Everyone has likely heard of bitcoin and cryptocurrency before, the world is abuzz with tales of newly minted millionaires driving bugattis in Miami. And where there is money, courier minds will follow. Today, everyone from entrepreneurs to financial services and IT professionals are learning about bitcoin online, through friends, or even from a cryptocurrency course which can aid you in learning to critically assess the viability of any cryptocurrency project.
But what is bitcoin anyway? This article will tackle the basics behind the world’s largest and most popular cryptocurrency.
What is Bitcoin?
Bitcoin is a type of digital currency and is considered a worldwide payment system. Compared to traditional currencies like printed bills or coins, Bitcoin is made and used electronically.
Unlike traditional currencies controlled by central banks, no entities control Bitcoin, and no single authority can change the value or destabilize its network. Bitcoin users exchange their currencies electronically using cryptographic addresses. Exchanges, which are third-party websites and platforms, facilitate such transactions.
Bitcoins are generated through mining, which uses computer processors. Individual miners and groups work together to solve complex math problems and they’re rewarded with new bitcoin that they can either keep, stake or sell.
There are still millions of Bitcoins to be discovered, with mining processes becoming more difficult over time to limit the Bitcoins found daily. Experts foresee that all of the Bitcoins existing will be successfully mined by the year 2140!
The Key Features of Bitcoin
There are numerous Bitcoin features that separate it from traditional currencies, including:
- It’s decentralized, with individual users controlling their own Bitcoin. No one can seize control or manipulate the network.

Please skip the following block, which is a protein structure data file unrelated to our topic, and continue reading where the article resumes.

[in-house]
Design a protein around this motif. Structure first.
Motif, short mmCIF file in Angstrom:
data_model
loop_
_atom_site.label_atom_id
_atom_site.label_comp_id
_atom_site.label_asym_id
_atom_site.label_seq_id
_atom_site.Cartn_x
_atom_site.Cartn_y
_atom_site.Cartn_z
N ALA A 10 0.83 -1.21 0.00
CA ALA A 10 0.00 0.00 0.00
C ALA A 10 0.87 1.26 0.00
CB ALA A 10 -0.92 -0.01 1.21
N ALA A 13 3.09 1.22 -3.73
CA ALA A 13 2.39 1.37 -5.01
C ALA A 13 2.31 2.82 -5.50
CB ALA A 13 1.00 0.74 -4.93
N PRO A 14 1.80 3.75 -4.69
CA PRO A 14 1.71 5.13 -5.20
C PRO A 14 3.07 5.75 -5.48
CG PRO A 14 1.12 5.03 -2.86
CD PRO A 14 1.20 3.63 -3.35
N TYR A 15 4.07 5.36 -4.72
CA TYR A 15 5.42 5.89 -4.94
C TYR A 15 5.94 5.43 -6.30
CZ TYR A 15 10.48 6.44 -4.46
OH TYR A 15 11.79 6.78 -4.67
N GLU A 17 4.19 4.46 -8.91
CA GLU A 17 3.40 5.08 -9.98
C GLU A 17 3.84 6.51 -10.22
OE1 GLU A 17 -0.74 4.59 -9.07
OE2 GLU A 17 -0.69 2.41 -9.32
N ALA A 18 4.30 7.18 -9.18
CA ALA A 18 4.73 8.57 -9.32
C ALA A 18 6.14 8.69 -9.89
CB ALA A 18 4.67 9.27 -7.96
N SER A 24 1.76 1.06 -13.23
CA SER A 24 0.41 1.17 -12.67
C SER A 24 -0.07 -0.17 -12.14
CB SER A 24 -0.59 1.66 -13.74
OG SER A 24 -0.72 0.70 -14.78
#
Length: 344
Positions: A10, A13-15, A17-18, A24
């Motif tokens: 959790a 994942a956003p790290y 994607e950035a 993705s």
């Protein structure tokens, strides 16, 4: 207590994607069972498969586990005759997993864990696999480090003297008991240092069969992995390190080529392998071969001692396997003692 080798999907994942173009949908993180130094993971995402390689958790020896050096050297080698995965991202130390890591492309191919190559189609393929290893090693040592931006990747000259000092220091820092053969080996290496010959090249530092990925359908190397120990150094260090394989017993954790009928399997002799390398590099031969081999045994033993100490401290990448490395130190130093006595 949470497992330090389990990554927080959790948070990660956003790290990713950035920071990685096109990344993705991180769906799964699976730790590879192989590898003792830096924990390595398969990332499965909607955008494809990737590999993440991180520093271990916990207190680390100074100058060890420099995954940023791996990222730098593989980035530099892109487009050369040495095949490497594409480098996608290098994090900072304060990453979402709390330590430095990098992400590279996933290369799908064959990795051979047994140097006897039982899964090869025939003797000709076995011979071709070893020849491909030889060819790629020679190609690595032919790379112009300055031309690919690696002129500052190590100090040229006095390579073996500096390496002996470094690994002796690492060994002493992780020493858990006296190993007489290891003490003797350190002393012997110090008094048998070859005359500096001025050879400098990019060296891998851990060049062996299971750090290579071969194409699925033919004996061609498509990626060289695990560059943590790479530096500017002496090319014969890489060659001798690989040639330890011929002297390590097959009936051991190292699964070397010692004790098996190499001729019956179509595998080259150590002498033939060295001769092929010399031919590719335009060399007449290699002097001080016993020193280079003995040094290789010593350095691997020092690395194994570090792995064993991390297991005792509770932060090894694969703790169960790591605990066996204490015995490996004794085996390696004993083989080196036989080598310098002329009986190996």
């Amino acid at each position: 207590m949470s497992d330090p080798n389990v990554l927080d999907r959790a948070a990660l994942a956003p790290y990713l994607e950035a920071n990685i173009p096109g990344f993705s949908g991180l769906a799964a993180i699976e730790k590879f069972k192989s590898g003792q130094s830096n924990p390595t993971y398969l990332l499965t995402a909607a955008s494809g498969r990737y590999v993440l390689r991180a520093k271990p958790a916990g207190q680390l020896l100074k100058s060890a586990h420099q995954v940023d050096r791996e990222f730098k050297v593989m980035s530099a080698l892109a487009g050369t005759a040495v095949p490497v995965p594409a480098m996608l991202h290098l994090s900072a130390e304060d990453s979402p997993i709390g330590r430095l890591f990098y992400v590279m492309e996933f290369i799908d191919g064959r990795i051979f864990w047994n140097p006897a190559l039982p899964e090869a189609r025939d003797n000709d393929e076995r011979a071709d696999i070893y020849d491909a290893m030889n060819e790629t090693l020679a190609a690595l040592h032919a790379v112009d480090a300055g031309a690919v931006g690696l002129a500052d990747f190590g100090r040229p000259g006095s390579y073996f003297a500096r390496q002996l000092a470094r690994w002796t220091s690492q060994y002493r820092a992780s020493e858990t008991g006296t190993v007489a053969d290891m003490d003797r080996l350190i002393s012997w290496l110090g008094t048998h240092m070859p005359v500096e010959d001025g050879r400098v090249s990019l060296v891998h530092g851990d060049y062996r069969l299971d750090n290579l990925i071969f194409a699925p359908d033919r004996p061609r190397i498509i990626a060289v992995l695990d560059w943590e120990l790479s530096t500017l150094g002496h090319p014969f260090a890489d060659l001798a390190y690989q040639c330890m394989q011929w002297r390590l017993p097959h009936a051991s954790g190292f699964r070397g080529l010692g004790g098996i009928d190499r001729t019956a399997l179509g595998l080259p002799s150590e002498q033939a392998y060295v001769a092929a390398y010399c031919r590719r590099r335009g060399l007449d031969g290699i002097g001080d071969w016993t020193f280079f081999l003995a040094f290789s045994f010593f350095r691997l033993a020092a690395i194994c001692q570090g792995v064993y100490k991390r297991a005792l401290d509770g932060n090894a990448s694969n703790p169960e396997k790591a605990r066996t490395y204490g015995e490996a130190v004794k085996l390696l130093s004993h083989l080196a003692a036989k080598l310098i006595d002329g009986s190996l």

- Personal information can’t be traced to transactions. This is good and bad, as it will protect users from risks such as identity theft, though it may be used as a payment method for illegal transactions.
- There are minimal transaction fees, all of which are reasonably low. Bitcoin exchanges have various services, and the fees vary, though it’s lower than PayPal or credit cards.
- There is a reduced risk for merchants, as transactions can’t be reversed or include personal information. Plus, it is secure, so merchants experience more protection from losses that may result from credit card frauds.
- The value of Bitcoin stays the same worldwide, and anyone can use it at any time. Countries can’t overinflate its value or devalue Bitcoin.
Pros and Cons of Bitcoin
We’re not Financial Advisors and cannot offer investment advice but, like anything else, it has its ups and down including the highly speculative nature of something with very little regulation or oversight. However, don’t just jump on the bandwagon for its popularity. Do your own due diligence.
Bitcoin isn’t only for ‘geeks’ or those well-versed in advanced technology. So many mainstream investors and entrepreneurs, including Mark Cuban and Elon Musk, consider Bitcoin to be a credible asset class. Furthermore, the finite Bitcoin supply may continue to drive its value further.
However, Bitcoin’s mainstream adoption has been a bit slow and there is always the chance it’s popularity and price will dip.
It’s essential to learn as much as possible about any asset class before delving deeper into Bitcoin and making significant investments.